- The global AIDS epidemic mushroomed by
10% last year, with 11 new infections a minute, a report released Monday
- All told, more than 33 million people
worldwide are infected with HIV, the AIDS virus. Half of all new infections
occur in people 15 to 24 years old, according to the annual World AIDS
Day Report by UNAIDS, the U.N. AIDS program.
- ''This is gloomy news,'' says Peter Piot,
UNAIDS director. ''We have no reason to be optimistic, though some countries
are doing well.''
- In Sub-Saharan Africa, still the epicenter
of the global pandemic, 22 million people are infected with HIV, and about
12 million people have died - 25% of them children.
- So many people are dying that experts
estimate about 5,500 funerals are held each day.
- Botswana, Namibia, Swaziland and Zimbabwe
have the highest infection rates, Piot says. Although these countries became
AIDS hot spots only recently, HIV dwells in 20% to 26% of people between
15 and 49.
- In South Africa, 3 million people are
infected, and the epidemic is growing faster than perhaps anywhere else
in the world, Piot says.
- ''We are watching something of black-plague-like
magnitude play out in our time,'' says Seth Berkley, director of the International
AIDS Vaccine Initiative, New York, noting that a vaccine is the ''best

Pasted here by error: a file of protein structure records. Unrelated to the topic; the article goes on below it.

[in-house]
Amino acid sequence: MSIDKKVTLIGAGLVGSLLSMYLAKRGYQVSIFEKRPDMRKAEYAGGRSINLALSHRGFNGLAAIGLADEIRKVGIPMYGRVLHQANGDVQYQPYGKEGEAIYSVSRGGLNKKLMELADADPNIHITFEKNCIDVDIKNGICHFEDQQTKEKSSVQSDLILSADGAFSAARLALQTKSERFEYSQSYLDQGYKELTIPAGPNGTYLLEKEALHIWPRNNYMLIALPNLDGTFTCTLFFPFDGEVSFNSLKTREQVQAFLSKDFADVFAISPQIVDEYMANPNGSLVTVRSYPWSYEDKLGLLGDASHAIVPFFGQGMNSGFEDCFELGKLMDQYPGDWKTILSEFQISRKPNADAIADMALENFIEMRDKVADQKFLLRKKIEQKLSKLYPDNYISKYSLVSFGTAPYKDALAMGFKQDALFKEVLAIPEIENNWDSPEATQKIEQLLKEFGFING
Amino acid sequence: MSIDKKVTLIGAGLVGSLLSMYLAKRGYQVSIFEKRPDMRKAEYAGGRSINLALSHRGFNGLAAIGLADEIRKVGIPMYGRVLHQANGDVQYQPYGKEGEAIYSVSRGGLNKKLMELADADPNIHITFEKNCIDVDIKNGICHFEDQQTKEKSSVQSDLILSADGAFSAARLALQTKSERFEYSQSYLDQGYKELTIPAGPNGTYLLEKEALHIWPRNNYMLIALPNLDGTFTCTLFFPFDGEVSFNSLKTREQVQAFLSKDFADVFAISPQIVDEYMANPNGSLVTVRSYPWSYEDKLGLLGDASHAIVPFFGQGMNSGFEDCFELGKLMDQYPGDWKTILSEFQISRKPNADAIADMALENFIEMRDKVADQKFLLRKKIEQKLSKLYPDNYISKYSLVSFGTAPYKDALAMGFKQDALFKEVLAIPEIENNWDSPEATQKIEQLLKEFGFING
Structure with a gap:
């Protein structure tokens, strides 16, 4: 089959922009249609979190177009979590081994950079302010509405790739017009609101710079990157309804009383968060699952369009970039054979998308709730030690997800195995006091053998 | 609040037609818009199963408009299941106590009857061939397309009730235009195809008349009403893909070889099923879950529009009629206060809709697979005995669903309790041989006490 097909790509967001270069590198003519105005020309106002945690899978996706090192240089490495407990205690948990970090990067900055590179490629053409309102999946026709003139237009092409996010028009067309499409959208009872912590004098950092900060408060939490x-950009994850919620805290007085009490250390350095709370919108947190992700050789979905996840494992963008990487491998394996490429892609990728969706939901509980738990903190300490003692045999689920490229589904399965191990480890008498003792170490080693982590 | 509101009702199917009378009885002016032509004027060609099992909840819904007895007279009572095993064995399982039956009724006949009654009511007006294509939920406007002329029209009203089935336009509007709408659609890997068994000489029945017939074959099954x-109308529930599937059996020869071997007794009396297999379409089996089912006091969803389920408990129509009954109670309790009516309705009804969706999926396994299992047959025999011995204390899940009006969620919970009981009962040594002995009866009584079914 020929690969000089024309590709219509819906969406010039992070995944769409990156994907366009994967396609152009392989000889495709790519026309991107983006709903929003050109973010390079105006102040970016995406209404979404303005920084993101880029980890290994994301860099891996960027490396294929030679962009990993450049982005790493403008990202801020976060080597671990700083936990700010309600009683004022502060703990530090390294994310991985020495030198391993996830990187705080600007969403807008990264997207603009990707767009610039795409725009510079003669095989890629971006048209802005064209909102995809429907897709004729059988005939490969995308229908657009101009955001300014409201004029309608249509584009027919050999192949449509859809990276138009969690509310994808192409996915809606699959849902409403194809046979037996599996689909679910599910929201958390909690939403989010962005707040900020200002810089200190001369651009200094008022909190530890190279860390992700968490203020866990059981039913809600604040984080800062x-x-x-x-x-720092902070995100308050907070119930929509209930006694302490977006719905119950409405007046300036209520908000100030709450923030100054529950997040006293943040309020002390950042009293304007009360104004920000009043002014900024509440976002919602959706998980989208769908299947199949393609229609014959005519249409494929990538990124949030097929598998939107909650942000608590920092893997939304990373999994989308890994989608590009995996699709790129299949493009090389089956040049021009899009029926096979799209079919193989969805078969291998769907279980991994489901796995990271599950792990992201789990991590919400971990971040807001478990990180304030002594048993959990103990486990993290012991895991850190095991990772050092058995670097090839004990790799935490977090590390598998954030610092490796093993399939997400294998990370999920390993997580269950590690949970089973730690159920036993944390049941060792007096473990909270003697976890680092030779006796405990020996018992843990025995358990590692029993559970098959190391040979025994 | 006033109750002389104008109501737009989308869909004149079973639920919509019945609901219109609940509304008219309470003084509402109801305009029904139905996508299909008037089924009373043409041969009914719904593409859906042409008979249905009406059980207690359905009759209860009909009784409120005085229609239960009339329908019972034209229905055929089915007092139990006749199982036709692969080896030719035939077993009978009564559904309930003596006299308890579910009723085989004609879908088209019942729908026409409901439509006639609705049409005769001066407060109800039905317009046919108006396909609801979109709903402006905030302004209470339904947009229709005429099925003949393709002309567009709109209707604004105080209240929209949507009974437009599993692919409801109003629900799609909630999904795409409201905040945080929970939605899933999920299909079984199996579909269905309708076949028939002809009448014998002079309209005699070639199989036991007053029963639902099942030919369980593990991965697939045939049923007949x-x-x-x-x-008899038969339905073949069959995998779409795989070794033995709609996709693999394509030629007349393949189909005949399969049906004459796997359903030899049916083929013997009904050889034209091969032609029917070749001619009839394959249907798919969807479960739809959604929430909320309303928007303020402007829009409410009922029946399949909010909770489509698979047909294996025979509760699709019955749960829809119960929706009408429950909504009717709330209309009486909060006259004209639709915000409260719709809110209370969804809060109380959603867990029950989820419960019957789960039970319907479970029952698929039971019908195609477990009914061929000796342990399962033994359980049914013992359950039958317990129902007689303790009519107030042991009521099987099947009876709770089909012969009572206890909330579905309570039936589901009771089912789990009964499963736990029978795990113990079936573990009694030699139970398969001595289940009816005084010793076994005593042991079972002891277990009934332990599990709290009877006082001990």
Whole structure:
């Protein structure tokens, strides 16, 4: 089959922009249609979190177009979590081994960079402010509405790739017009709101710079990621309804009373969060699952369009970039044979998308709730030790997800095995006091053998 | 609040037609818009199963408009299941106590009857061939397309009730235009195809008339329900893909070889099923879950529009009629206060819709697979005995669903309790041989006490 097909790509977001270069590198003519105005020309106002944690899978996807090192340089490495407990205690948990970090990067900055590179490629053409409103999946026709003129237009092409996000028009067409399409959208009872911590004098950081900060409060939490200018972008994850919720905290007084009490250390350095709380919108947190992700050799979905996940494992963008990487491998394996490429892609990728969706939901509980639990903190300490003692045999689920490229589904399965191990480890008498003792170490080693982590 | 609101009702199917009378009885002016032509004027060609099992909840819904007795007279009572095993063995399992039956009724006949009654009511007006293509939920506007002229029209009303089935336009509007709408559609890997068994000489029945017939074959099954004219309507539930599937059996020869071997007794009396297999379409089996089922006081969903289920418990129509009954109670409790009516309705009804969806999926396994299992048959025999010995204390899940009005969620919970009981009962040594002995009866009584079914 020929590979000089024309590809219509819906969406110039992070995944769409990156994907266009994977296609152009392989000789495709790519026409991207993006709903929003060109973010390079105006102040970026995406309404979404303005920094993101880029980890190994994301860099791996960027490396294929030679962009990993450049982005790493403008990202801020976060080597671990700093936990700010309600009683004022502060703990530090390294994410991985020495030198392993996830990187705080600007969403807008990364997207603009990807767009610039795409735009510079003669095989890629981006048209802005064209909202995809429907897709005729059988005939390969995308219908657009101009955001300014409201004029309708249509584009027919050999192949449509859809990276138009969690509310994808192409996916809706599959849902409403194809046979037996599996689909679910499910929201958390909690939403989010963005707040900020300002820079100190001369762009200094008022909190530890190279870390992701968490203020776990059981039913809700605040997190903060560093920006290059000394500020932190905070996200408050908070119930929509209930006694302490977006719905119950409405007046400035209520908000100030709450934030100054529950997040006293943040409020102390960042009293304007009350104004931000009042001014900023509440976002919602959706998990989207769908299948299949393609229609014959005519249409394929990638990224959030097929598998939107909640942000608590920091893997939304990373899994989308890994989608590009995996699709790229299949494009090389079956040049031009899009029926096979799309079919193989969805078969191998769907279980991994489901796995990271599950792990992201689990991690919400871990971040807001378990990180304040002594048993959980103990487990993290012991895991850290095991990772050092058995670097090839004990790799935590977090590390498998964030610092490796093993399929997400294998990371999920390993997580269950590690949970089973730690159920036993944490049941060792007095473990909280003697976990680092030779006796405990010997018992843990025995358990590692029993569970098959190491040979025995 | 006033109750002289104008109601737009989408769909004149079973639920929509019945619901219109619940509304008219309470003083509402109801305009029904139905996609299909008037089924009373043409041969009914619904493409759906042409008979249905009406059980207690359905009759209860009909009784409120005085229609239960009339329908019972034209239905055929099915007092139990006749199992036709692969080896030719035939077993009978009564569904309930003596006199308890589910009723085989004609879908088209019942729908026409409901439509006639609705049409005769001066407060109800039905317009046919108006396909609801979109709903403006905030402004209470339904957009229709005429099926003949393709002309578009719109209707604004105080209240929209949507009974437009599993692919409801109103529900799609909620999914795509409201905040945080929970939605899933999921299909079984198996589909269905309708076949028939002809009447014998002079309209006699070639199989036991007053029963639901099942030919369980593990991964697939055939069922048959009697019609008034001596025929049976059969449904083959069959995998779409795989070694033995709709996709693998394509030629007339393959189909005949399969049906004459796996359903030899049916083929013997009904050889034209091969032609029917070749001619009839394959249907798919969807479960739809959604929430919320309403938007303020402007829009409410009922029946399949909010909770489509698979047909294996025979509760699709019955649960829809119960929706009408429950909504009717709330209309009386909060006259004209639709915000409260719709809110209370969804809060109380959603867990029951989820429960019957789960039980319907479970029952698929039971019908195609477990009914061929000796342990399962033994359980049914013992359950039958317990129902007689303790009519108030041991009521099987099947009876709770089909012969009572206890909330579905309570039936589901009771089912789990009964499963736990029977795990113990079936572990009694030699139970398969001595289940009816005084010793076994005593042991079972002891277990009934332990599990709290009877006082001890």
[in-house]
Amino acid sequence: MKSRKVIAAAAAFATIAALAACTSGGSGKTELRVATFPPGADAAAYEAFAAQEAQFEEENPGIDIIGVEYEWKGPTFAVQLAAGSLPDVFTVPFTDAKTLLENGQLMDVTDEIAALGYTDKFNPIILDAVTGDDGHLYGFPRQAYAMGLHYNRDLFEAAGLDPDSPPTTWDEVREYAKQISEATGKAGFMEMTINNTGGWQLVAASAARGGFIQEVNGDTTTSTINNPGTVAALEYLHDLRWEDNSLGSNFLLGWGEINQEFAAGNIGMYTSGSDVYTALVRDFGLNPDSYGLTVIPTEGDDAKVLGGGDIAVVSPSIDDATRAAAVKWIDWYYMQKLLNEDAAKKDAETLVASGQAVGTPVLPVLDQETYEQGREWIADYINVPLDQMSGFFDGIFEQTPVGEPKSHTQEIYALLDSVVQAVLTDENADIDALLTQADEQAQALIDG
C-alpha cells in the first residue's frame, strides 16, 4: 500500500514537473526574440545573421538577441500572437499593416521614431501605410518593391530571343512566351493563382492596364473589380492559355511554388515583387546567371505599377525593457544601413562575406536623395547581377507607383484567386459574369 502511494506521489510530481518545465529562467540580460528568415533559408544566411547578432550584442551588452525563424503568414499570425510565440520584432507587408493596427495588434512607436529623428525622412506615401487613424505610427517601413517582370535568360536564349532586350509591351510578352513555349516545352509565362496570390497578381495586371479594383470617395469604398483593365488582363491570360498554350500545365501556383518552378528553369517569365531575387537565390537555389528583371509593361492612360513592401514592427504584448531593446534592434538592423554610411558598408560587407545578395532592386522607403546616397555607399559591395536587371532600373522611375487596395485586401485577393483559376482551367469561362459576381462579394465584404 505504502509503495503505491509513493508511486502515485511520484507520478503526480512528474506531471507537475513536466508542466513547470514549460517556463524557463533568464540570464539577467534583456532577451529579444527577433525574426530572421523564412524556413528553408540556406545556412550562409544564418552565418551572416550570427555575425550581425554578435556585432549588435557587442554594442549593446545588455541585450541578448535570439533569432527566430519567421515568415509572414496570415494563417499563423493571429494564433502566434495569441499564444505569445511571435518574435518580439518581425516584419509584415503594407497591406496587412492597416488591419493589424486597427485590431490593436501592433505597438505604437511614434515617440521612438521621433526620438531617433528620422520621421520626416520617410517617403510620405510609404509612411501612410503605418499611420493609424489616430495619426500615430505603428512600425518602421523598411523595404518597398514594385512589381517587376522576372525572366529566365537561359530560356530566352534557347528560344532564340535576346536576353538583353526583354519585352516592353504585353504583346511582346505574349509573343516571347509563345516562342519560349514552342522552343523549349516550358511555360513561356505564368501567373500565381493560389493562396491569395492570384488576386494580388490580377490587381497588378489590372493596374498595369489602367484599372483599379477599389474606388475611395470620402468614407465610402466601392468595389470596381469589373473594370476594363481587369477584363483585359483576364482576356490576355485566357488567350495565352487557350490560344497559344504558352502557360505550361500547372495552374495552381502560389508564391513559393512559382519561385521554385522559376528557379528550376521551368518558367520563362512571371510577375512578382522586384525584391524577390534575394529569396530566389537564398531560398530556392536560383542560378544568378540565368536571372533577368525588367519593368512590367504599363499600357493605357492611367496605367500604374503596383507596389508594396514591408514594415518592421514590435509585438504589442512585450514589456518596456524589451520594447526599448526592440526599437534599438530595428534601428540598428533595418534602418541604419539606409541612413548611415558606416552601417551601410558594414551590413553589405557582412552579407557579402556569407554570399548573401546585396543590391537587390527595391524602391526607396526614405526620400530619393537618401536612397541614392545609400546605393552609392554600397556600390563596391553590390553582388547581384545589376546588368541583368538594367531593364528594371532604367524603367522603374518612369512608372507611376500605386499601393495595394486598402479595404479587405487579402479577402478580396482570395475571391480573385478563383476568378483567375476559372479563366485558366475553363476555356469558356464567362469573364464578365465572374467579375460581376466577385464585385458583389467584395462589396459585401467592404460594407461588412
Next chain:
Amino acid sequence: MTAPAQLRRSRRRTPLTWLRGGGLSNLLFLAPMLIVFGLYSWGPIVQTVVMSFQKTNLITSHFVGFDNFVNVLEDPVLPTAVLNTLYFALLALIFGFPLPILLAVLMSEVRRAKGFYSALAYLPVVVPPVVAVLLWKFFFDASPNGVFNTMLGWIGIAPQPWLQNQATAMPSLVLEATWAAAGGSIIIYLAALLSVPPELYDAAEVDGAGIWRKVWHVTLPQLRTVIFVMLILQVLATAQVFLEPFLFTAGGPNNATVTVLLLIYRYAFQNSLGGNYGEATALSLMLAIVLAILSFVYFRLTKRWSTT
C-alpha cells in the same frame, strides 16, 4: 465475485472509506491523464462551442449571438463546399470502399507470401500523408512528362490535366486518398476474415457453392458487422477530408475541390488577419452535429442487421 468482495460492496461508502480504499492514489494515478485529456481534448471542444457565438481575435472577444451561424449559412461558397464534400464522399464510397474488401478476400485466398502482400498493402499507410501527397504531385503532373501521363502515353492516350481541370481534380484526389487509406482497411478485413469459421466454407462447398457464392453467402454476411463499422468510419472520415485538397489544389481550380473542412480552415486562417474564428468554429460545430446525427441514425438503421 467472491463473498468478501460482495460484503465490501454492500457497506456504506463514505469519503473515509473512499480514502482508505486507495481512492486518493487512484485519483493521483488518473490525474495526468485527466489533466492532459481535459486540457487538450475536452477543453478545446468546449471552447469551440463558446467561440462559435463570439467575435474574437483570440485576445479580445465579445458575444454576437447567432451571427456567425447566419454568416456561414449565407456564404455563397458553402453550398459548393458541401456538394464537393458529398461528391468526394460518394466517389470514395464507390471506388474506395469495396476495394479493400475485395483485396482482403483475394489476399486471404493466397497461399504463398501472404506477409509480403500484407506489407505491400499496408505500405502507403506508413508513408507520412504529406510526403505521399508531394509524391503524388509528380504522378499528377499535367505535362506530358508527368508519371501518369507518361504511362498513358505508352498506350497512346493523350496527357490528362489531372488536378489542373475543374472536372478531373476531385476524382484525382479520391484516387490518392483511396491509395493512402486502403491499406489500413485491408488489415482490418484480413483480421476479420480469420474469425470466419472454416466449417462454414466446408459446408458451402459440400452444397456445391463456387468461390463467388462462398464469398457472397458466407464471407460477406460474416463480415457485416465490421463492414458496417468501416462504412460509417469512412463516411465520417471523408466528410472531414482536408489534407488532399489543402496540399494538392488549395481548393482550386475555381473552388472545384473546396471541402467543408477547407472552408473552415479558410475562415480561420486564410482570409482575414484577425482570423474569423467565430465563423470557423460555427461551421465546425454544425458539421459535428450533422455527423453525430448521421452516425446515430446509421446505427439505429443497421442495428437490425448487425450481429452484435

solution'' to the pandemic.
- To speed the pace of vaccine development,
his group will announce plans this week to contribute $9 million for research
into two prototype vaccines made to combat the HIV strains now ravaging
- New AIDS drugs, too expensive for most
sufferers to afford, have eased the burden somewhat in the United States
and Western Europe, researchers say. These drugs have reduced the U.S.
death rate by 66% between 1995 and 1997.
- Prevention efforts in advanced nations
have not yet paid off. In the United States, 75,000 people became infected
in 1998, about as many as the year before. AIDS remains the leading killer
of young black men and the second leading killer of young black women.
- Among other findings: * Nearly 2 million
people are infected in Latin America and the Caribbean, with 200,000 new
infections last year. * About 270,000 people in Eastern Europe and Central
Asia are infected, with 80,000 new cases reported last year. The hot spots:
Ukraine, the Russian Federation, Belarus and Modova.